We shoulder a great deal of responsibility for our patients, but sometimes the best medical care just isn’t enough. Read these scenarios for advice on how to handle tricky patient care situations.
Your worst nightmare scenarios, part 4: Patient/family edition
1. Patient Y, an elderly patient with mild dementia, is a complex case requiring frequent nursing care with privacy. His numerous family members question the nursing and support staff about interventions and patient progress. They insist on staying at the patient’s bedside during procedures, and one family member keeps a written record of what happens with the patient. Rumors circulate that this family is looking for a lawsuit. No one on the nursing staff wants to care for this patient because of the family. What should you do?
The keys to handling this situation are diplomacy and consistency. Getting everyone on the same page about patient care can be tricky, but necessary. Often, a family just needs to know that their opinions and concerns are valued.
Patient privacy is essential, regardless of diagnosis. Unit staff should meet with the manager to debrief, review unit policy on family visitation, clarify any infection risks and plan for privacy issues. The unit manager should also meet personally with the family and primary doctor to discuss concerns of both family and staff and to review unit policies on visitation and privacy. Determinations from these meetings should be communicated to all staff, and copies kept for future reference of the family and staff.
2. You wake Mr. R, who is a frequent flyer alcoholic in your ER, to let him know you will be drawing blood and starting an IV. He interrupts his heavy snoring briefly to mumble “Okay,” then resumes snoring. As you insert the needle into a vein, his other hand jerks across his body and forces the needle through his skin, through your double-layered gloves and deep into your thumb. You know from previous records that Mr. R is both HIV and Hep C positive. What should you do?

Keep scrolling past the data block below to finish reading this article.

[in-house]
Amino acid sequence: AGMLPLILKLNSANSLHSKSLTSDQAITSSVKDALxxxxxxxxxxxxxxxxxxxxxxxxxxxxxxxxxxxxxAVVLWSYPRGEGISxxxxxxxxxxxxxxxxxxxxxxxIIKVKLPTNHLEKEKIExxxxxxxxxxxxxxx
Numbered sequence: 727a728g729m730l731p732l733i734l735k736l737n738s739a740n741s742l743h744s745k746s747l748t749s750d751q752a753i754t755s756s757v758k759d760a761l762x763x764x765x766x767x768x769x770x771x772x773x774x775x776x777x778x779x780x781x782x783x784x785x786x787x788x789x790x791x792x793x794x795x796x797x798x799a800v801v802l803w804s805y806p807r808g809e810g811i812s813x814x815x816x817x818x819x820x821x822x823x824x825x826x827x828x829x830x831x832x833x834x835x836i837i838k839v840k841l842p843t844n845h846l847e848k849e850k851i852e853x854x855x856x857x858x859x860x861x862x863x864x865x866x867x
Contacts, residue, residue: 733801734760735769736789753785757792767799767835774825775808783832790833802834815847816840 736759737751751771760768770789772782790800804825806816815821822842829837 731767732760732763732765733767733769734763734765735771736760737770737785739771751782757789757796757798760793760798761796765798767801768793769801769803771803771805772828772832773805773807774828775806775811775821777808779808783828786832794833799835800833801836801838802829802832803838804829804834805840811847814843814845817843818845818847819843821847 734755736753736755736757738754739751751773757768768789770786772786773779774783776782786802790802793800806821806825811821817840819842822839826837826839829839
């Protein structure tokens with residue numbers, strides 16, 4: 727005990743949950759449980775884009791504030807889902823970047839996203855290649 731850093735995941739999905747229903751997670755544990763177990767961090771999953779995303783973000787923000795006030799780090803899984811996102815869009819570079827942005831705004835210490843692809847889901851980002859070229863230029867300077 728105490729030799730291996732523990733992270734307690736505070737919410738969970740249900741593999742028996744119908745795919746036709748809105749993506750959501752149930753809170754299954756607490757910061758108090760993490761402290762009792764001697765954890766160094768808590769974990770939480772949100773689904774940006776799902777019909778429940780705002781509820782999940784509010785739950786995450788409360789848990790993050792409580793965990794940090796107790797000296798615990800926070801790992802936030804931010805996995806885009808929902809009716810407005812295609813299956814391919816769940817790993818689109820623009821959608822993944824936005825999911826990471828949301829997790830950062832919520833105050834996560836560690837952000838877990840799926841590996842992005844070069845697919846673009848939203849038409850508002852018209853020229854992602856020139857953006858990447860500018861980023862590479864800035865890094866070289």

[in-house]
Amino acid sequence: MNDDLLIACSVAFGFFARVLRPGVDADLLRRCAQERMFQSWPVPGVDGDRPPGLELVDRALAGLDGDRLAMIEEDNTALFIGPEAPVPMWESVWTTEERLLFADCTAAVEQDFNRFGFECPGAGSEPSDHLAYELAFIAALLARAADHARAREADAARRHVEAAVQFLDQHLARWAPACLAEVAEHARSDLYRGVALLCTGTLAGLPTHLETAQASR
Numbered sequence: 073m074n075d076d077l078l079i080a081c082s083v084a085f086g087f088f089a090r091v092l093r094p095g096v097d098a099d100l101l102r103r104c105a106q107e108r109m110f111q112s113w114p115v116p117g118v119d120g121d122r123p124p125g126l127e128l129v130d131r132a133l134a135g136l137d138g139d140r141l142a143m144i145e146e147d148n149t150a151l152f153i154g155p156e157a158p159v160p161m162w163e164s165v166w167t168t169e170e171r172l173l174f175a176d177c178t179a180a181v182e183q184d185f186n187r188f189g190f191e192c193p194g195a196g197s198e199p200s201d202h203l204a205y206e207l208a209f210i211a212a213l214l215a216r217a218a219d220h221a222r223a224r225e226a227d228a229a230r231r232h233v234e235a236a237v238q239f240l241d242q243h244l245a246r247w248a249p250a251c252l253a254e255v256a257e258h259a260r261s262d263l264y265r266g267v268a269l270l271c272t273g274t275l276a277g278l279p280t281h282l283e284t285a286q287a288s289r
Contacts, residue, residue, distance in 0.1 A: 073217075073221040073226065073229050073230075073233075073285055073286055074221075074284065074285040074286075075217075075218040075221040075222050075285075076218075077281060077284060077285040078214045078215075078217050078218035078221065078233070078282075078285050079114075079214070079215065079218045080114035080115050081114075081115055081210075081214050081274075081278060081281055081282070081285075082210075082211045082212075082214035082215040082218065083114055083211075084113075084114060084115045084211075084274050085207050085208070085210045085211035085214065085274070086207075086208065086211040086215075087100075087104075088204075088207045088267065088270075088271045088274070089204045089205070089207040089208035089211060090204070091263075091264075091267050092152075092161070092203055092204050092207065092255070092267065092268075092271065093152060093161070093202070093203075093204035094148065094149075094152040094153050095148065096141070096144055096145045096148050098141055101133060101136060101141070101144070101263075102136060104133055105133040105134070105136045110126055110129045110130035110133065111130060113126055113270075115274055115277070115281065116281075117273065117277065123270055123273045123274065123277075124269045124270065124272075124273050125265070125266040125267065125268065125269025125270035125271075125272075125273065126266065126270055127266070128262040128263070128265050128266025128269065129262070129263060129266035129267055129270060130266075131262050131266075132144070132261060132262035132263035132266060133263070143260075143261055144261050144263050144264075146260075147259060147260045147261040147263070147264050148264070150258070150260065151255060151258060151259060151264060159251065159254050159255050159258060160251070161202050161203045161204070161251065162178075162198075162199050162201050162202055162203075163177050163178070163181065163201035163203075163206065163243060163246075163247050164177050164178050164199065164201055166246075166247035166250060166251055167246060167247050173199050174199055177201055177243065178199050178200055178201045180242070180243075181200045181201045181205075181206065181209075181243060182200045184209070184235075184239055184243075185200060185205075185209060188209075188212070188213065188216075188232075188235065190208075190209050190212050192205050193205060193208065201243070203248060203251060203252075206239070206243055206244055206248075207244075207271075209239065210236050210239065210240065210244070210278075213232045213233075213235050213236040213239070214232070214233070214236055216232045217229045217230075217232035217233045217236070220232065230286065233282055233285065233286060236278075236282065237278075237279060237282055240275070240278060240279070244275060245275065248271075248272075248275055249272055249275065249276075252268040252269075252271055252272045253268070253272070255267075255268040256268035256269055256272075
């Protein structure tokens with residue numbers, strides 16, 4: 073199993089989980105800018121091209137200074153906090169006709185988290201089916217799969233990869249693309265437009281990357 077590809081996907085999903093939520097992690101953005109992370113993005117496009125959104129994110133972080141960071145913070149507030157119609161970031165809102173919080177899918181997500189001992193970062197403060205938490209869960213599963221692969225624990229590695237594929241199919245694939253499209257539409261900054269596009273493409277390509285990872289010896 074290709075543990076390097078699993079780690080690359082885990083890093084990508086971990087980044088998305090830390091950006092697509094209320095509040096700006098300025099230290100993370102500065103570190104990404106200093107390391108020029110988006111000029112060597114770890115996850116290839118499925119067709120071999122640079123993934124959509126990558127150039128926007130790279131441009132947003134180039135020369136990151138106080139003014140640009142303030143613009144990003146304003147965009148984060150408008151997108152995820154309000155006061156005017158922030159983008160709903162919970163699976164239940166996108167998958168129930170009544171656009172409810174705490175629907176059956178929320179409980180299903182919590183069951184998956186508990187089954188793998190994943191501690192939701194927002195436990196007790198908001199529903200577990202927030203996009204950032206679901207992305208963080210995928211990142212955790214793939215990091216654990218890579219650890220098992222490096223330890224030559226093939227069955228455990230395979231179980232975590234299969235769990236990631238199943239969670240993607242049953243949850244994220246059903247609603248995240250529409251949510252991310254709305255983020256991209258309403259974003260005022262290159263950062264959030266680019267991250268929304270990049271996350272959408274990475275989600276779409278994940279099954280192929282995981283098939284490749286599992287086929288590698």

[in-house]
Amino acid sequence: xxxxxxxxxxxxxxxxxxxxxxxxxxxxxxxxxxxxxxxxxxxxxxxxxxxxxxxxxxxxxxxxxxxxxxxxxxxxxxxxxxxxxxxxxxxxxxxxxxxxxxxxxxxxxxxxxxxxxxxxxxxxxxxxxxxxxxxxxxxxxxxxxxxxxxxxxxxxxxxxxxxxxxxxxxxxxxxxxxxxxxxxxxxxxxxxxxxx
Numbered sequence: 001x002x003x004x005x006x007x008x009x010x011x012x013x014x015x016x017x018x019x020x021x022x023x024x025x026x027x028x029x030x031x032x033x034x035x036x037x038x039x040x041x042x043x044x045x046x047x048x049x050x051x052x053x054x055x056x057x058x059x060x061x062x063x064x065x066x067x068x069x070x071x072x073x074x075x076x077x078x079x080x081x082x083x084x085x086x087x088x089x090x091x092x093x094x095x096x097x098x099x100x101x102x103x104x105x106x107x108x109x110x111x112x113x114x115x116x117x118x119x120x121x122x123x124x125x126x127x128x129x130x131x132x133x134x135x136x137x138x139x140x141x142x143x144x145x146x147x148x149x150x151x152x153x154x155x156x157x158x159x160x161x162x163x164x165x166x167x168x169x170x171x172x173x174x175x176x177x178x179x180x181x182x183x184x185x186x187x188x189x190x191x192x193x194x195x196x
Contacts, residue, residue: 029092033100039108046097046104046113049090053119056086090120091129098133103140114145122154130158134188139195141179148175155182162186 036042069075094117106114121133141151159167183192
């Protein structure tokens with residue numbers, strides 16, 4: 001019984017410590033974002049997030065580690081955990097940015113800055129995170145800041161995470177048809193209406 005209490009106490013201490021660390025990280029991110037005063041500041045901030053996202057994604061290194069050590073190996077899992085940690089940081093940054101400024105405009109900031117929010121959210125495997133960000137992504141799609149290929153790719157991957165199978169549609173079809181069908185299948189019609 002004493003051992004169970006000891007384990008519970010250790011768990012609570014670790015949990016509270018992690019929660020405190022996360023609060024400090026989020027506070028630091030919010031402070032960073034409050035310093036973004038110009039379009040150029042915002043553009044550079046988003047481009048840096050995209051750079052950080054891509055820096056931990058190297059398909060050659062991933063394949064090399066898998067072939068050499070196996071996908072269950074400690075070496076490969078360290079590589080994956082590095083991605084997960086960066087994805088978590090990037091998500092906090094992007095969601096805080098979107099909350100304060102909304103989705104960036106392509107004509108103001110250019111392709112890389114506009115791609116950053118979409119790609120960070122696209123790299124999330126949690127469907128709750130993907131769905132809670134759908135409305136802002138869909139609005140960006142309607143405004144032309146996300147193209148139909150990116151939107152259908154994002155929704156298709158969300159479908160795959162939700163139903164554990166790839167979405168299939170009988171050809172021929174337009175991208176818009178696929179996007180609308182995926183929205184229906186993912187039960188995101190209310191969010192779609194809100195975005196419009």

Time is a factor, but don’t drop everything and run away. Call for help and quickly place a bandage on the patient’s wound first. The CDC advises workers to wash needlesticks and cuts with soap and water and immediately seek medical treatment. You should report the incident to your charge nurse, who should be aware of immediate protocol for needlestick injuries. DO get help from your hospital resources; just “hoping” nothing will happen and you’ll be okay is a mistake, even if the chances of acquiring a bloodborne disease are slim.
Find more occupational hazard information at the CDC website here.
3. Baby A requires a surgical procedure to keep the tongue from occluding the airway when the infant lies supine. Other options have been exhausted, including tracheostomy. This will be the third surgery for this child, and the father refuses to sign consent after hearing the child could eventually grow out of this condition. The mother is not involved. Insurance has stated that they will not pay to keep the infant in the ICU any longer unless the tongue surgery is completed and the infant moved to a stepdown unit eventually. What should you do?
This father is in a catch-22 situation, and has no good options left. Yes, it seems the insurance company has already made the decision for him, but forcing the father into a course of action may make him feel he is being bullied, and may lead to lawsuits later on. The best approach is to project empathy for the difficult decision and emphasize that the child’s medical history has led to very limited options. Be a good listener,and gently correct any lingering misconceptions that may be preventing the father from signing. This father should be heavily involved with social work, case management and counseling if available.
4. You are unable to locate one of your patients with Alzheimer’s, who is a resident at an independent long-term care facility. What should you do?
Alert all staff members to be on the lookout for the missing resident. Notify the police.
I’m reminded of a phrase: The best offense is a good defense. Take every measure to prevent this situation ahead of time. However, when this does occur, your facility should have a protocol. If not, consider leading a committee to form a protocol. If you deal with outpatient Alzheimer’s patients and families, caregivers may be interested in the Alzheimer’s Association Safe Return program.
Have more scenarios you would like to see discussed? Send them to us here.
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